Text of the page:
In a recent JAMA Psychiatry article, research was outlined on a study of 448 adolescents admitted to a psychiatric hospital for suicidal thoughts and tendencies. Within that group, they formed a control group (this group received no treatment other than hospitalization) and a treatment group. The treatment group was asked to identify four adults in their lives that they perceived love and support from moving forward. Those four adults were then trained in suicide education and support measures and asked to check in on the teens after they left the hospital. These adults also received coaching and support from the study writers throughout the process.

After ten years, the study checked back in on the control and treatment groups and while statistically small, the results were impressive. The control group had 13 deaths while the treatment group only had two. When you break the numbers down, even conservatively, the death rate drops by over 50 percent!

I have to stress again that the numbers are way too small to draw any definitive conclusions, but for me it speaks to something incredibly important about our (yours and mine) work with teenagers – ADULTS MATTER.

I think this study important for the following reasons:

  1. The students selected the supportive adults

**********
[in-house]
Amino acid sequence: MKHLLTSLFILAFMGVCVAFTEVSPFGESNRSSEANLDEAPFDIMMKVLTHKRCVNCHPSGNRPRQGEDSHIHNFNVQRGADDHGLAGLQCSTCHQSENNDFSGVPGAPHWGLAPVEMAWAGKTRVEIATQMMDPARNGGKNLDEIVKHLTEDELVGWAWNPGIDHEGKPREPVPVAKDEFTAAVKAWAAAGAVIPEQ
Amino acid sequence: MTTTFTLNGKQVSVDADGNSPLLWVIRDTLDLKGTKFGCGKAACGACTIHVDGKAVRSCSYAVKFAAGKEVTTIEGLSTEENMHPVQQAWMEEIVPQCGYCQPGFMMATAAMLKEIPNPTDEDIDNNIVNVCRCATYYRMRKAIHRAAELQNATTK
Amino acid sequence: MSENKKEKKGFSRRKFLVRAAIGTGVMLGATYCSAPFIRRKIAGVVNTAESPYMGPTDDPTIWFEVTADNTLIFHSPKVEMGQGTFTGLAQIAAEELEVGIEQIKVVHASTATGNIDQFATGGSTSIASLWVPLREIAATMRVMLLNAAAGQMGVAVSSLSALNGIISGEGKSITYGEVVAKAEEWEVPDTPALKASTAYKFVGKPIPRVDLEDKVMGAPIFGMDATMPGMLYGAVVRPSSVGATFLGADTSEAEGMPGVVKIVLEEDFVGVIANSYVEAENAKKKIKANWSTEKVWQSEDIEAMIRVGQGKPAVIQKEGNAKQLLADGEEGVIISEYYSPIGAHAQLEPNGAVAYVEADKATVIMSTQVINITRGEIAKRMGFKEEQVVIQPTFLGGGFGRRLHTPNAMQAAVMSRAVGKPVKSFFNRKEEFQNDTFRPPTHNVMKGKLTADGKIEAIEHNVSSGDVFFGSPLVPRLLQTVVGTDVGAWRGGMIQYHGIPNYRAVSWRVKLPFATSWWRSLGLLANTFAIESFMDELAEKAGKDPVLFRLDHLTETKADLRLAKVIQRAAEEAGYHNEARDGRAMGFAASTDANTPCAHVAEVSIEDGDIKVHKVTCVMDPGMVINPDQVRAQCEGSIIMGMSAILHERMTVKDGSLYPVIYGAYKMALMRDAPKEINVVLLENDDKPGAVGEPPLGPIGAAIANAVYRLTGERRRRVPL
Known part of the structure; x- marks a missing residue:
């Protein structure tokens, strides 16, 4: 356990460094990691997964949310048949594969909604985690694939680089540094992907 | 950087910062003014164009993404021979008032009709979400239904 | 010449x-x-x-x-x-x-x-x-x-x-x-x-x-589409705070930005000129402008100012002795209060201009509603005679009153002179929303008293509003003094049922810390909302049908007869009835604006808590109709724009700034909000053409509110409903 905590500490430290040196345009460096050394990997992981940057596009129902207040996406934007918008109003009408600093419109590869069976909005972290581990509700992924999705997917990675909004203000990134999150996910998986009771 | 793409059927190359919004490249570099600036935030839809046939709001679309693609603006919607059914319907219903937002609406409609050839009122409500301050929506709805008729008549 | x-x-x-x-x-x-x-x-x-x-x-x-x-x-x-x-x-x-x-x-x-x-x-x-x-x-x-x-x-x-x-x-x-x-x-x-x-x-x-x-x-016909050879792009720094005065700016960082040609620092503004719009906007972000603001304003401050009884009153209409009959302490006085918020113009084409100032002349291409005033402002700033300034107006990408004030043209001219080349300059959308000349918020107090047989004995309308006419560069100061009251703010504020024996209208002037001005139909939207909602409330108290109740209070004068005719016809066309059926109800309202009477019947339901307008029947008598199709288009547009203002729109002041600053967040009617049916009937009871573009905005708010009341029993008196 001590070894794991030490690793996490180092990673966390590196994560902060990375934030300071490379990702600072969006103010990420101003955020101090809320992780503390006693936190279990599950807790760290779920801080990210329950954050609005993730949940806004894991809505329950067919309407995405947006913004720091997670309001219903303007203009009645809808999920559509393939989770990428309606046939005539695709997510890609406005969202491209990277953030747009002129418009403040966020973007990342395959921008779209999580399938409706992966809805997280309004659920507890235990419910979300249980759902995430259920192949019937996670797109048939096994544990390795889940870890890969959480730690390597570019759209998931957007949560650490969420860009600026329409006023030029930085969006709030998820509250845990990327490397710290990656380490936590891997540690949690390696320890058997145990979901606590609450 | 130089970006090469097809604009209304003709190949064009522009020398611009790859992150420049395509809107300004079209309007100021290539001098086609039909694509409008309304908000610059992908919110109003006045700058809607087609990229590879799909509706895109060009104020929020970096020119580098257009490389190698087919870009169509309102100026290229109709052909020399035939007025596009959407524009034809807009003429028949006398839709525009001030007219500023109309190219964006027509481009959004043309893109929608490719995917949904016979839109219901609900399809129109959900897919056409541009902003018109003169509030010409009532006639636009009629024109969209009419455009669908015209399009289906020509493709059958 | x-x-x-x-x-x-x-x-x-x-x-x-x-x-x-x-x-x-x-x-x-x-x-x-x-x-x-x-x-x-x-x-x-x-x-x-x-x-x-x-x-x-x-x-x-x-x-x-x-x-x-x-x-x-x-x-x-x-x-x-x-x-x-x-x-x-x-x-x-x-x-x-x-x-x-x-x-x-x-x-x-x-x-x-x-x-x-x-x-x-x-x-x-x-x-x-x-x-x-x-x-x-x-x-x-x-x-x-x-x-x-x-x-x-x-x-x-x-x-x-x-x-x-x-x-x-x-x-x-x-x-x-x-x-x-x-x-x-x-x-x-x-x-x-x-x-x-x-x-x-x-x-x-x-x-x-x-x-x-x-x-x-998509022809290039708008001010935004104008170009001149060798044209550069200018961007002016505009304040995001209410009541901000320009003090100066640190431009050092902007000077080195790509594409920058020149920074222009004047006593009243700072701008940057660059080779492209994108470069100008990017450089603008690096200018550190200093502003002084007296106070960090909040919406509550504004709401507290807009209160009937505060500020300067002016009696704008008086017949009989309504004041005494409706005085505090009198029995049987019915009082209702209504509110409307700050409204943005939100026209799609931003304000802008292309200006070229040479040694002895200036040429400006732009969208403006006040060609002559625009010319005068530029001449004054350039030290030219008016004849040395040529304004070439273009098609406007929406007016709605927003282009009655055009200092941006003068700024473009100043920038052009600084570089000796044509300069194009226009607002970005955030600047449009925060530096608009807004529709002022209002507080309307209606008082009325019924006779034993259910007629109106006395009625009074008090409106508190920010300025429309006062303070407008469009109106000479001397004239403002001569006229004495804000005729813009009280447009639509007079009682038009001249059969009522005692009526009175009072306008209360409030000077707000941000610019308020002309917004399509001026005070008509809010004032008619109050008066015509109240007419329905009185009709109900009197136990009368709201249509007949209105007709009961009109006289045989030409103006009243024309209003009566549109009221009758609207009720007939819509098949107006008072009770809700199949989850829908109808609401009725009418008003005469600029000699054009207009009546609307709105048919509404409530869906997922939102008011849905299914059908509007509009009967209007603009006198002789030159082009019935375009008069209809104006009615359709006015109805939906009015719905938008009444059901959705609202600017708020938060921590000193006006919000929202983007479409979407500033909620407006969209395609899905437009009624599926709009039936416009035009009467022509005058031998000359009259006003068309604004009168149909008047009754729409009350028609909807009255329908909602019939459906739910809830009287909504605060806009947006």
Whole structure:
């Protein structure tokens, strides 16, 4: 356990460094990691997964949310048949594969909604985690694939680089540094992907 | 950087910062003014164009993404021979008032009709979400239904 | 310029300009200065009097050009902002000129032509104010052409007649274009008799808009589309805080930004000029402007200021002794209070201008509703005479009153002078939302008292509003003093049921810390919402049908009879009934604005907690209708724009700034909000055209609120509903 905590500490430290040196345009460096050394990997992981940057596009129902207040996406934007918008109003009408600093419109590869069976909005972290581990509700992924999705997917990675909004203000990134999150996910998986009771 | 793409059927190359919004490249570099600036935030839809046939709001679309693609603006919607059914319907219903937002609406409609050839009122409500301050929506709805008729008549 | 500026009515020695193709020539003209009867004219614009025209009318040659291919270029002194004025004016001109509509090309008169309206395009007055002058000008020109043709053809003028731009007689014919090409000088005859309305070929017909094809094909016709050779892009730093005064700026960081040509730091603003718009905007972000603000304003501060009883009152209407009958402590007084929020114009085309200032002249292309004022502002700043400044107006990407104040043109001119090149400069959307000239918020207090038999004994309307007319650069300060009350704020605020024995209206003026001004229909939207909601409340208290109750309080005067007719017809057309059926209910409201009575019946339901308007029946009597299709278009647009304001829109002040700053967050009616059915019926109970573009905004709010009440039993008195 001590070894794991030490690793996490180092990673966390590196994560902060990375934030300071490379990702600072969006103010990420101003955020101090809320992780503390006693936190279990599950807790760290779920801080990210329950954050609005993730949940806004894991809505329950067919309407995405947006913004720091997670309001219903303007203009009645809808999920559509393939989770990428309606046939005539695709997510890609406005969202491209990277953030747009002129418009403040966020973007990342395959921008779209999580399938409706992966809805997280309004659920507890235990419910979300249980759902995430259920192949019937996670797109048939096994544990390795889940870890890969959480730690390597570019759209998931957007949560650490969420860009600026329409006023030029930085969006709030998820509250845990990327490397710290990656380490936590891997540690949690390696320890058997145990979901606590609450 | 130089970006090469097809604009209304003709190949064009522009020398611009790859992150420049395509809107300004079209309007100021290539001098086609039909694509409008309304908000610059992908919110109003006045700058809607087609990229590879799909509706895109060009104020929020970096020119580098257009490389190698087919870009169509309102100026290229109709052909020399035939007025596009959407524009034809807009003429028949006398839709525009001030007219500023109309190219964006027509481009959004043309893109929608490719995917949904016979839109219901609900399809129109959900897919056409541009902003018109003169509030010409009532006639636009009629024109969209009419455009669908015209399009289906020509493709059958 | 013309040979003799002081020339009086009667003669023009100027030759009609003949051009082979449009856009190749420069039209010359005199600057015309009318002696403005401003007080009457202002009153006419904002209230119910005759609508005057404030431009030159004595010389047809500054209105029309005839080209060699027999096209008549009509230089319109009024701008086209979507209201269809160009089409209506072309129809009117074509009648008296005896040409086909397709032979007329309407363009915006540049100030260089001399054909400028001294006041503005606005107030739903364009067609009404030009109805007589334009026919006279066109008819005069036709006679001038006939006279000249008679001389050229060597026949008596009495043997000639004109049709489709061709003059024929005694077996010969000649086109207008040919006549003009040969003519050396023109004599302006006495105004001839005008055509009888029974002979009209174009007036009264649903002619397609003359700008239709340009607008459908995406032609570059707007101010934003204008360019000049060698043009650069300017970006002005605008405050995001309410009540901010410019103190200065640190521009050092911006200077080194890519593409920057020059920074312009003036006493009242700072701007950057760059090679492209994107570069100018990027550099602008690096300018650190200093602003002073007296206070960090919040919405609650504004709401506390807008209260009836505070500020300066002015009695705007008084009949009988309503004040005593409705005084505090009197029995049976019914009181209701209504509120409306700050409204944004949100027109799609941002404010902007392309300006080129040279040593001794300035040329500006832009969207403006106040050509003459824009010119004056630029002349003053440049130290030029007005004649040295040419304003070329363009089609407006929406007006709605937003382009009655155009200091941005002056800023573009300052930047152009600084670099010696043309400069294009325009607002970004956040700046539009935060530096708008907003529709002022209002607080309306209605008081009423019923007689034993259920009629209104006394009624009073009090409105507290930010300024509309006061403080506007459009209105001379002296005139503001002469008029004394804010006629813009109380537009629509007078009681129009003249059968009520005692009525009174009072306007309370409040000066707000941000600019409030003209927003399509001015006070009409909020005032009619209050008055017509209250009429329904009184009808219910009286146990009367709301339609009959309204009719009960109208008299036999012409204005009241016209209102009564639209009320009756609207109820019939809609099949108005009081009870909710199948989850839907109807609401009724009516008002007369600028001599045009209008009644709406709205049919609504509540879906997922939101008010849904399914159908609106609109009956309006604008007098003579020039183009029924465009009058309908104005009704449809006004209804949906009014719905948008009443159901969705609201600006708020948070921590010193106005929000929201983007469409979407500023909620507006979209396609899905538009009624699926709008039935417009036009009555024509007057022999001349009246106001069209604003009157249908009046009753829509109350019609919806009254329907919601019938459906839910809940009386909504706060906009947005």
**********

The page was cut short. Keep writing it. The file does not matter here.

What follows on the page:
• It is so easy to feel alone as you struggle through depression and suicidal thoughts. To be prompted to identify people who care in and of itself is a healing exercise. And by selecting these adults, a connection is made that cannot be easily broken.
  2. The adults accept the invitation
    • No one is forcing these adults to participate. But, if a struggling teen asked you to be a part of their recovery, wouldn’t you help?
  3. The adults learned how to support the teenager
    • So many adults feel like they know what is best for a teenager. We were teenagers once, right? But a learner is a leader in this case. The presence of an adult who is willing to do what it takes to support the struggling teenager has significant influence.

To me this isn’t just about suicide, though if it saved more lives, I would be screaming this from every platform I have. But, if the presence of a caring, informed adult can potentially save a life, how much more can it help a struggling teenager? The life of a teenager can be overwhelming and full of pressures. If more adults looked and saw the opportunity to learn and ask good questions, imagine what an encouragement we could be!